Bioerosion In An Equatorial Middle Jurassic Coral-Sponge Reef Community (Callovian, Matmor Formation, Southern Israel)
Bioerosion, Coral-sponge reefs, Jurassic, Trace fossils
The Matmor Formation (Middle Jurassic, Callovian, 165-161 mya) in southern Israel contains abundant coral-sponge patch reefs and large crinoids which have been extensively bioeroded by bivalves, worms, barnacles, phoronids, and others producing eight ichnospecies. It is significant for the evolutionary history of bioerosion because this is the first equatorial Middle Jurassic boring ichnofauna to be documented. When compared to contemporaneous ichnofaunas, this assemblage is of average diversity and abundance but has only rare sponge borings and contains abundant specimens of Oichnus paraboloides as shallow pits on crinoid stems. The Matmor Formation surprisingly lacks carbonate hardgrounds, which are otherwise abundant in subtropical and temperate equivalents. © 2010 Elsevier B.V. All rights reserved.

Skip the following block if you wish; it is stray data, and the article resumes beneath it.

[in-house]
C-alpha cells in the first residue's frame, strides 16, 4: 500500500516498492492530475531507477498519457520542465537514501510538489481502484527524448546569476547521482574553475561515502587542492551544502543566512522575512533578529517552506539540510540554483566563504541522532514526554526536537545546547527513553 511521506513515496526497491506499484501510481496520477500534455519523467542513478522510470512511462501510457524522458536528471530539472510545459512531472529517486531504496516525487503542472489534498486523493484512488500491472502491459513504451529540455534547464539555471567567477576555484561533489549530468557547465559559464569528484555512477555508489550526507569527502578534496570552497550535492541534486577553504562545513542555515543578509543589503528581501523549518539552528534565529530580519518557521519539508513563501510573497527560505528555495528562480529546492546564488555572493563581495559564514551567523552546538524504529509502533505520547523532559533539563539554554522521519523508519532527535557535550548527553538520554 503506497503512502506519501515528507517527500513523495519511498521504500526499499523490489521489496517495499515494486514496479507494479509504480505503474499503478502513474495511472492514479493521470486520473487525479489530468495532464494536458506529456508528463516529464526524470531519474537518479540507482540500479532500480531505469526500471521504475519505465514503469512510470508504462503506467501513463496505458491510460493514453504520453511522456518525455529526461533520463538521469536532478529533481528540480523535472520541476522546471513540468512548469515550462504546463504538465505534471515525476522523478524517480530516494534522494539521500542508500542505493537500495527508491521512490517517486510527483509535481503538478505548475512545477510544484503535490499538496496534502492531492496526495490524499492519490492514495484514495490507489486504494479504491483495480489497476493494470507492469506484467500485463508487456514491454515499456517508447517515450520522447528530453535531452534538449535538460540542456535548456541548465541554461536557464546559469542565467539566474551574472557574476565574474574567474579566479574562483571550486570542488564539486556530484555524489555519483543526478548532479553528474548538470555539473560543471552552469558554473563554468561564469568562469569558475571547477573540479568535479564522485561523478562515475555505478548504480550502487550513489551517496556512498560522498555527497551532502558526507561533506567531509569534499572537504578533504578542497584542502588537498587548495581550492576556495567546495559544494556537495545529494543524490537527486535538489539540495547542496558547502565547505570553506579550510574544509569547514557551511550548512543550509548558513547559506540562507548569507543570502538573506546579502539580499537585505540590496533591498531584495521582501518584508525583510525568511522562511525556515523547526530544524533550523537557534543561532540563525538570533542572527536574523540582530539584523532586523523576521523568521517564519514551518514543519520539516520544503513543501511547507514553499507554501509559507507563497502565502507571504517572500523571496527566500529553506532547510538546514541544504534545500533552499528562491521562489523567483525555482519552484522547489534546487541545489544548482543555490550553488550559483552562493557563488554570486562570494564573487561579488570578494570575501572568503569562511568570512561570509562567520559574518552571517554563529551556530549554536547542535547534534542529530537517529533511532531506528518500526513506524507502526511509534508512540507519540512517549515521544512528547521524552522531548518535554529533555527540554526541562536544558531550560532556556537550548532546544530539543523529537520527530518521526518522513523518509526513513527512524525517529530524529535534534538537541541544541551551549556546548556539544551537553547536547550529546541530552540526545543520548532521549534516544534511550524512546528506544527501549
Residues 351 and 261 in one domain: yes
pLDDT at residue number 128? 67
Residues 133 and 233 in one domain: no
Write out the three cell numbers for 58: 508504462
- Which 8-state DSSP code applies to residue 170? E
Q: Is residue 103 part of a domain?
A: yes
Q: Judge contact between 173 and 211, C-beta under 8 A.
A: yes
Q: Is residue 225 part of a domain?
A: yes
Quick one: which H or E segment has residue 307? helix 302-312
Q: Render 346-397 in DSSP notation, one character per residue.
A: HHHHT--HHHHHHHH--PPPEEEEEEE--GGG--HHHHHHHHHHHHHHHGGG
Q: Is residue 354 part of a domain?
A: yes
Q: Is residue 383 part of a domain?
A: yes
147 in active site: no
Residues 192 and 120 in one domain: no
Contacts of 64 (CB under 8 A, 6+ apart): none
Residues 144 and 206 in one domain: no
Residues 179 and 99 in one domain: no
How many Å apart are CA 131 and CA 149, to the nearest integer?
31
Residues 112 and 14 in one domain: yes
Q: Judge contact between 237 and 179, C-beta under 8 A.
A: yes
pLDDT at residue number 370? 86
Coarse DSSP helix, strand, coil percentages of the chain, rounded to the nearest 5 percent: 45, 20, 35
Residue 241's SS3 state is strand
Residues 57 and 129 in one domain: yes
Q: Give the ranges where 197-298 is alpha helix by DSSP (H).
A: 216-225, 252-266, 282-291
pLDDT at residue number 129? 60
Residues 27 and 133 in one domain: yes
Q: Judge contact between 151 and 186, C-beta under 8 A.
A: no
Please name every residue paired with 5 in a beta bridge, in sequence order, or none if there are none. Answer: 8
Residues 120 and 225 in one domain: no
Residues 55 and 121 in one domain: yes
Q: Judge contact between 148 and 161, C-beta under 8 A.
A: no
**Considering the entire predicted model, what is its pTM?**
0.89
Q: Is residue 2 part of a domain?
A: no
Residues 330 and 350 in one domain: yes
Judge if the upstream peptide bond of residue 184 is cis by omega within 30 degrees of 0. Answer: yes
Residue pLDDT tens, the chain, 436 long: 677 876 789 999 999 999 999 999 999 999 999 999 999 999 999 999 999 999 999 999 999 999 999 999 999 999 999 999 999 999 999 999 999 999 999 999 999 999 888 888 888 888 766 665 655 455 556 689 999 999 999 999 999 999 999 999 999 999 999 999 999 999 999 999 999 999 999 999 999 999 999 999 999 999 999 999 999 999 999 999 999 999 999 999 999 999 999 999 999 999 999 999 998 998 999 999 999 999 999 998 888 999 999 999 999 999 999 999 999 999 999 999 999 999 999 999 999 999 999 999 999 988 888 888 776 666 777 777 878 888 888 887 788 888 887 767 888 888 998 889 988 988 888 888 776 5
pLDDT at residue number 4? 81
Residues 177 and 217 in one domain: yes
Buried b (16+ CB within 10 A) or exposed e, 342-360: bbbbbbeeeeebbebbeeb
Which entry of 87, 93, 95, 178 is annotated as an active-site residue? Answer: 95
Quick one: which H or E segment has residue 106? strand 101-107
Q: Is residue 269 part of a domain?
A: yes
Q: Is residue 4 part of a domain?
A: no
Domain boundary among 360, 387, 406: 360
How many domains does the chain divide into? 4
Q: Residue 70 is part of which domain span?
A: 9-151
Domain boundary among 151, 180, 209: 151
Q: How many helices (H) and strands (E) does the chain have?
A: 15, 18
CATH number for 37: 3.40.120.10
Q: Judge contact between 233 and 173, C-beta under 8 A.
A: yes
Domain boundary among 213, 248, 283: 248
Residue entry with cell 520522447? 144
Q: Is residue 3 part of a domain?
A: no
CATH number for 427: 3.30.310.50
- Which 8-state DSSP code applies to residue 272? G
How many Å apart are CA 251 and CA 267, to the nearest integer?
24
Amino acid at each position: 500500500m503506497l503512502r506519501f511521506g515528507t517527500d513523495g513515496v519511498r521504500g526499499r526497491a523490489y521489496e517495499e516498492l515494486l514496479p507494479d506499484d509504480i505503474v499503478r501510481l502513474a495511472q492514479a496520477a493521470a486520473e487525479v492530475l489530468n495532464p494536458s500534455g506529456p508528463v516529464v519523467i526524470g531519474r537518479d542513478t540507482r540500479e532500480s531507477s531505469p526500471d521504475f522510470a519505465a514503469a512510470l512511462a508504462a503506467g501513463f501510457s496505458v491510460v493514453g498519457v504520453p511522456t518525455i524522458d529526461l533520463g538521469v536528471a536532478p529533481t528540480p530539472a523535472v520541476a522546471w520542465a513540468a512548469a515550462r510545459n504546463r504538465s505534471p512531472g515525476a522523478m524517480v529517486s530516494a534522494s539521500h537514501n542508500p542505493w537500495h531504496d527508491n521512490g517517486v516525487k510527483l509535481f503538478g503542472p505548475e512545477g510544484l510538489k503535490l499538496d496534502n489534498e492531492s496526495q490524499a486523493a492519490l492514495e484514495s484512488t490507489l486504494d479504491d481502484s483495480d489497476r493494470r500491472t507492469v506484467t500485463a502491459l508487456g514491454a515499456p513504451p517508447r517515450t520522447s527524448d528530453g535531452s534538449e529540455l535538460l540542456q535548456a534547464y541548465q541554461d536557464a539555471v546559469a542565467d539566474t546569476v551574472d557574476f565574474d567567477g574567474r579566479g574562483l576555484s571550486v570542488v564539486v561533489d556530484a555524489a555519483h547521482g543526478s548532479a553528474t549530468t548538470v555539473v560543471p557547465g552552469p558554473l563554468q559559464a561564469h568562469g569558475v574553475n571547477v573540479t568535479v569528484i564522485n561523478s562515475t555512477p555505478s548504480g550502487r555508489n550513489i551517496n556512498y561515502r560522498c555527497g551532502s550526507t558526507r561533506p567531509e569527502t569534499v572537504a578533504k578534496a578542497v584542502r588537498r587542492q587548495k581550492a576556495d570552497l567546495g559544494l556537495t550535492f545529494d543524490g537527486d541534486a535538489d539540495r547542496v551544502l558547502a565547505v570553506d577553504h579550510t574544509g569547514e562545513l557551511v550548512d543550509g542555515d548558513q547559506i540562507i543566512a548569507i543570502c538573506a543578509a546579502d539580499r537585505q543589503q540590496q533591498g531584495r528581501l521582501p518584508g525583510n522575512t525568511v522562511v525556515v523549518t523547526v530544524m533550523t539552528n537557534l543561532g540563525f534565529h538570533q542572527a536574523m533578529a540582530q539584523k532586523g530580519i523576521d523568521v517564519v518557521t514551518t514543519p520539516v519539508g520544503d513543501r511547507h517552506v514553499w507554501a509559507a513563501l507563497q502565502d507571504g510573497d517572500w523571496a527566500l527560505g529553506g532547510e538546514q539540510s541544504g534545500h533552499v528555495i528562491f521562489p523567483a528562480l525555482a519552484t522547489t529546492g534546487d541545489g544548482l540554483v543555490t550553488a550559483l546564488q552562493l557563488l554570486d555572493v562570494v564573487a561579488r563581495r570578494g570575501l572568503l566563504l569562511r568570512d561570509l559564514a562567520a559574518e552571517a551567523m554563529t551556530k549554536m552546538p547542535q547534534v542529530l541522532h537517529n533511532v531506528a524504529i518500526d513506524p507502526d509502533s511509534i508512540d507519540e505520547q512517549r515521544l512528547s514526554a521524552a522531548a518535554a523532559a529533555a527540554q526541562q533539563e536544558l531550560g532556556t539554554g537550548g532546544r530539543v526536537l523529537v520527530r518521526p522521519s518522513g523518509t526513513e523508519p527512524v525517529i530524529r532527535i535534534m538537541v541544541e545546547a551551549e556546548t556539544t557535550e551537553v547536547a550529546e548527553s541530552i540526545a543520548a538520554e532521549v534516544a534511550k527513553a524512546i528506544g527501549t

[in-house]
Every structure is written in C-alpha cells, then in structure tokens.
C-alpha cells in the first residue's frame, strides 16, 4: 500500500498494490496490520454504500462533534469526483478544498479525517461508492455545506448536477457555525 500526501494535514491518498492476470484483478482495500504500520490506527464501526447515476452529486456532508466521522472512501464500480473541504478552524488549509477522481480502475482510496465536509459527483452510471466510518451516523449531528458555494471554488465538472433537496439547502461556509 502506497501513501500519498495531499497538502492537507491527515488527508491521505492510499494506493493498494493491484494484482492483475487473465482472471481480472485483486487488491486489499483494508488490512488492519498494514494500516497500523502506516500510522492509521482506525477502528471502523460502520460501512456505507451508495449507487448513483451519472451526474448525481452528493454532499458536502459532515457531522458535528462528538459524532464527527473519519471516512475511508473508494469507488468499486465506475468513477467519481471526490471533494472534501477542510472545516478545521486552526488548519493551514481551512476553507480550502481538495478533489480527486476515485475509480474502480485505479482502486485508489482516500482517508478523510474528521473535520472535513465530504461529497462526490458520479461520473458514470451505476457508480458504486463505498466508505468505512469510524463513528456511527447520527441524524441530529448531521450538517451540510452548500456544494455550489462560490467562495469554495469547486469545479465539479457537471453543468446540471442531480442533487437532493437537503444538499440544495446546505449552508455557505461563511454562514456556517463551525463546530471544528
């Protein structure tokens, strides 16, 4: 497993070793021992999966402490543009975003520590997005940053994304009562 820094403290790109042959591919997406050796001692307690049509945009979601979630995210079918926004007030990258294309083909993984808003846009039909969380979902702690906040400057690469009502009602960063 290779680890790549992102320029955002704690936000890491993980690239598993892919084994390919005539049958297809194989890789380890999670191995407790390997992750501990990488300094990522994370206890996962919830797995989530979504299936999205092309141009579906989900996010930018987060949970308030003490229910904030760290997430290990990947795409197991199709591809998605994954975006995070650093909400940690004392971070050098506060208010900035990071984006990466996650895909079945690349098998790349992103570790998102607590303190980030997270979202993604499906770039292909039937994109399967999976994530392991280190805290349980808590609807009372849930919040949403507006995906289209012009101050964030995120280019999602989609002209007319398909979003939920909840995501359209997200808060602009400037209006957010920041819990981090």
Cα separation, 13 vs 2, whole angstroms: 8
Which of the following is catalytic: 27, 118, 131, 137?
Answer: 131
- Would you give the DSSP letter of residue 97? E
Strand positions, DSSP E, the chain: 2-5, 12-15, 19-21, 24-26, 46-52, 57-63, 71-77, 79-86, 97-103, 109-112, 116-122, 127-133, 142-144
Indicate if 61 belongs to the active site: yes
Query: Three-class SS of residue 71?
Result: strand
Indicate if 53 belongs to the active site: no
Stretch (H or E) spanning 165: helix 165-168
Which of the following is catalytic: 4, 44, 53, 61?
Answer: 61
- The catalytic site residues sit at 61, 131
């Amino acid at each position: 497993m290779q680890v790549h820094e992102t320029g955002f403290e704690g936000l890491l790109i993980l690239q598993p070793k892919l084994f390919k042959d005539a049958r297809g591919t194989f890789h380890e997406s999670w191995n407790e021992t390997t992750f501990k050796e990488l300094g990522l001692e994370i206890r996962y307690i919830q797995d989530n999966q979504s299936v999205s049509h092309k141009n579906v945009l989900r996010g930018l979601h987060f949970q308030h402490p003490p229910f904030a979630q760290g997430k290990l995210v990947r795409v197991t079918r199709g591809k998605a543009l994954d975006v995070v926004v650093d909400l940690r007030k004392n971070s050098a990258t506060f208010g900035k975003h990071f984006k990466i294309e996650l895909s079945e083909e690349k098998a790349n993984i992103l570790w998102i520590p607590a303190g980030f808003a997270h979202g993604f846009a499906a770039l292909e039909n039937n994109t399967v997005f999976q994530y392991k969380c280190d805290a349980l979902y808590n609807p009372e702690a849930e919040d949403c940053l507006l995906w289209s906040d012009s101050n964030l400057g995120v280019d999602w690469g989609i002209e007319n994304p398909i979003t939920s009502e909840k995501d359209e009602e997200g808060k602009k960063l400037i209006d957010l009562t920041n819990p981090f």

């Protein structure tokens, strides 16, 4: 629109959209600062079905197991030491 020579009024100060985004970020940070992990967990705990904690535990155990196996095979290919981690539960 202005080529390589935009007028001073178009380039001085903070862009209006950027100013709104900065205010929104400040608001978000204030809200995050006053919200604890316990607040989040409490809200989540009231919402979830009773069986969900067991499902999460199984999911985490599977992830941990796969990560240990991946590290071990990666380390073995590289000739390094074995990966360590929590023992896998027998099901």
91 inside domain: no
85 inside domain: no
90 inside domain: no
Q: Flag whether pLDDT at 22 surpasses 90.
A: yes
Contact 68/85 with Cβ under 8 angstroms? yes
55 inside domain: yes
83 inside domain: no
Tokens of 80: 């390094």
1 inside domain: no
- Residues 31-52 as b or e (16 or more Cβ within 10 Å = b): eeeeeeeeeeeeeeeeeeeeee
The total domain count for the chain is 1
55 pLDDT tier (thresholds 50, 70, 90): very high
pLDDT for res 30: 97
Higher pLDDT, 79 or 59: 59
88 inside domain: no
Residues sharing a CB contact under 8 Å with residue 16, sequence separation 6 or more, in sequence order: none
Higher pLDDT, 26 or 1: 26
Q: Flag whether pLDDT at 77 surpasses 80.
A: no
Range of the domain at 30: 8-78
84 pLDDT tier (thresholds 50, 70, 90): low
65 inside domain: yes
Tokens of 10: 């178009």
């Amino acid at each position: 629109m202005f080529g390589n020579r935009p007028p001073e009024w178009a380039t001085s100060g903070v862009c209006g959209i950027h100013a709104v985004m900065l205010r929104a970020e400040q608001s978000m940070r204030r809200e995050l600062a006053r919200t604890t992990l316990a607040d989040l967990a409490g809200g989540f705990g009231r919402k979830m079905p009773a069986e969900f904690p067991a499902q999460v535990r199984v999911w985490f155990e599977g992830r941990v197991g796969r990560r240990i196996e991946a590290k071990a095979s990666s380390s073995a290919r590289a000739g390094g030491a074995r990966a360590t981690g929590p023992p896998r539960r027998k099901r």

Wilson, Mark Mr; Feldman, H. R.; and Krivicich, Elyssa B., "Bioerosion In An Equatorial Middle Jurassic Coral-Sponge Reef Community (Callovian, Matmor Formation, Southern Israel)" (2010). Palaeogeography, Palaeoclimatology, Palaeoecology, (1-4), 93-101. 10.1016/j.palaeo.2010.02.019. Retrieved from https://openworks.wooster.edu/facpub/166